A settlement in a lawsuit against the San Francisco Police Department means mandatory changes will be made to the system the police use to provide reports to domestic violence survivors. 

The settlement, announced on Monday, stemmed from a 2019 lawsuit accusing the SFPD of repeatedly withholding the police reports that domestic violence victims require to obtain restraining orders. 

“Domestic violence survivors in San Francisco will no longer endure dangerous delays in accessing their incident reports and will be able to obtain restraining orders without unnecessary barriers in place,” Fawn Jade Korr, a Bay Area Legal Aid senior staff attorney, said in a statement.

The settlement, finalized in September, appears to be the conclusion of a saga that stretched on for years. More than three years ago, advocates with Bay Area Legal Aid notified the SFPD that the department was not providing incident reports to survivors within the time period they needed to file restraining orders — and the department was breaking the law in the process. A 1993 state law, Family Code 6228, requires police departments to provide the incident reports to survivors within five to 10 days.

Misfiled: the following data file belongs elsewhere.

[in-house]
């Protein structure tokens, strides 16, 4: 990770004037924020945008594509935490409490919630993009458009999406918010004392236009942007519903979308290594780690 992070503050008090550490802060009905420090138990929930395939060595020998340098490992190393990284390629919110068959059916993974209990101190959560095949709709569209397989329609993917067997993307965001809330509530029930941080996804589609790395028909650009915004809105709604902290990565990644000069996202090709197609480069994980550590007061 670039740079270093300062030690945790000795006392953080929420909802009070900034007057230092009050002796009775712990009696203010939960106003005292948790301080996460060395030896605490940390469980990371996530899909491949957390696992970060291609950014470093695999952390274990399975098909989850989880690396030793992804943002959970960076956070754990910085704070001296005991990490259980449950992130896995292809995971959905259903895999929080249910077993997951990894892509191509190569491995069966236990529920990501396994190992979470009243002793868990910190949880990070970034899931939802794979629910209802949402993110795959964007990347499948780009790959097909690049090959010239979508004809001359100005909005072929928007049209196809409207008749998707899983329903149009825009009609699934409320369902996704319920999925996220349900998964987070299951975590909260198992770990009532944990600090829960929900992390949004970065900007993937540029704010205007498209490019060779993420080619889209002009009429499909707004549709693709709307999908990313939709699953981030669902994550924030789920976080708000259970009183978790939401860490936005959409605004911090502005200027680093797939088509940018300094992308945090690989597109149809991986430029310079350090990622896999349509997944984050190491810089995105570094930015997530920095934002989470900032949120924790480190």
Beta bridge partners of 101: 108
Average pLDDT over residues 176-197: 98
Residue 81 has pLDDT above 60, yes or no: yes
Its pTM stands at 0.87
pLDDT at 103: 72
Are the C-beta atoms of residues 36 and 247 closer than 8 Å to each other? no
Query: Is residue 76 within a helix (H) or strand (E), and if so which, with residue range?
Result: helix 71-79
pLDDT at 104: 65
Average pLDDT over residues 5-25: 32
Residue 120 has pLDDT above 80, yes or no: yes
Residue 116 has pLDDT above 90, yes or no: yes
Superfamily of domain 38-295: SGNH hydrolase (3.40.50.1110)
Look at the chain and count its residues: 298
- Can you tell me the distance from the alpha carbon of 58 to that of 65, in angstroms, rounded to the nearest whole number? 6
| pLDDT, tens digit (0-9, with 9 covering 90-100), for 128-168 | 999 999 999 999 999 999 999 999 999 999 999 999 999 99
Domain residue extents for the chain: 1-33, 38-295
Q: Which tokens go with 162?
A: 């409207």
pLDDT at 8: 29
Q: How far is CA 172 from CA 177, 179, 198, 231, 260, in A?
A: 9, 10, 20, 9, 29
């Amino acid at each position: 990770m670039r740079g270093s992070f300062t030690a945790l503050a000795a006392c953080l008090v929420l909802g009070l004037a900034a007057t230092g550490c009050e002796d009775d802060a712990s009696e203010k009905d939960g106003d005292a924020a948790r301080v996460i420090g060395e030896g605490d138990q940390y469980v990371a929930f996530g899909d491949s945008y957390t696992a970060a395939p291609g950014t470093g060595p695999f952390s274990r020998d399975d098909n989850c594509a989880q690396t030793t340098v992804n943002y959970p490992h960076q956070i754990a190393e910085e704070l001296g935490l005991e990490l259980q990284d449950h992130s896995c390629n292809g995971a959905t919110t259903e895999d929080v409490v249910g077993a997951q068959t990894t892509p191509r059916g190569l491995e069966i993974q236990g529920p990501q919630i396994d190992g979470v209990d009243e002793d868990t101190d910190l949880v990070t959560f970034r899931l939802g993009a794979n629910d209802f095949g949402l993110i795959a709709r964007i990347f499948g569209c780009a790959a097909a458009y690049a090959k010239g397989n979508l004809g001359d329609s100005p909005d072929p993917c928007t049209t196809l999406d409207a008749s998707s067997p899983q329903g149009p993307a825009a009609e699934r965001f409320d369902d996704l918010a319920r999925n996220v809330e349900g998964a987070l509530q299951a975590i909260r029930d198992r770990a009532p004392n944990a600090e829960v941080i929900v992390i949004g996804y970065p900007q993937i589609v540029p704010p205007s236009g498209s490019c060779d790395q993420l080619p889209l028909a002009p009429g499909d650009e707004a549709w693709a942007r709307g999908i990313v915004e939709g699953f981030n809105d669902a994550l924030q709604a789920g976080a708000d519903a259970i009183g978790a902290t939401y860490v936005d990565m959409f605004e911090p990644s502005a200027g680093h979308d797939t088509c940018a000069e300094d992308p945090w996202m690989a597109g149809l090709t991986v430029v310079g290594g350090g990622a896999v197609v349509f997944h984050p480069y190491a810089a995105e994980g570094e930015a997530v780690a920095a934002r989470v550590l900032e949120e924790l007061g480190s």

SFPD’s withholding of the reports meant victims of domestic violence were unable to obtain restraining orders, placing them in danger of further abuse. 

According to Korr, Chief Bill Scott pledged to fix the lapses, but they persisted, and advocates raised the issue publicly at a Police Commission meeting in January 2019. Although the police department and Police Commission responded by hosting several working groups to create better protocols for complying with the law, survivors continued to experience excessive delays in obtaining the documents, advocates said

With no other option, Korr, on behalf of plaintiffs Lina Lu and Alexandra Anderson, filed suit in May of last year. The lawsuit alleged that Lu received only one of three documents she requested in March, 2018, to file for a restraining order. She was still waiting for the two other documents when she filed the lawsuit a year later.  

The lawsuit alleged that Lu was not alone. “On information and belief,” the lawsuit stated, “SFPD provides survivors with incident reports in fewer than 25 percent of all cases where such a report is required.”  

Now, per the settlement, the SFPD issued a directive that clearly defines compliance procedures for the law that mandates the timely release of reports to survivors. The department has also initiated training and now must report quarterly to the Police Commission on its compliance. The settlement resulted in $49,000 in attorney fees. 

In a statement, Lu said she feels safer now, “just knowing the police department has to follow laws made to help people like me.”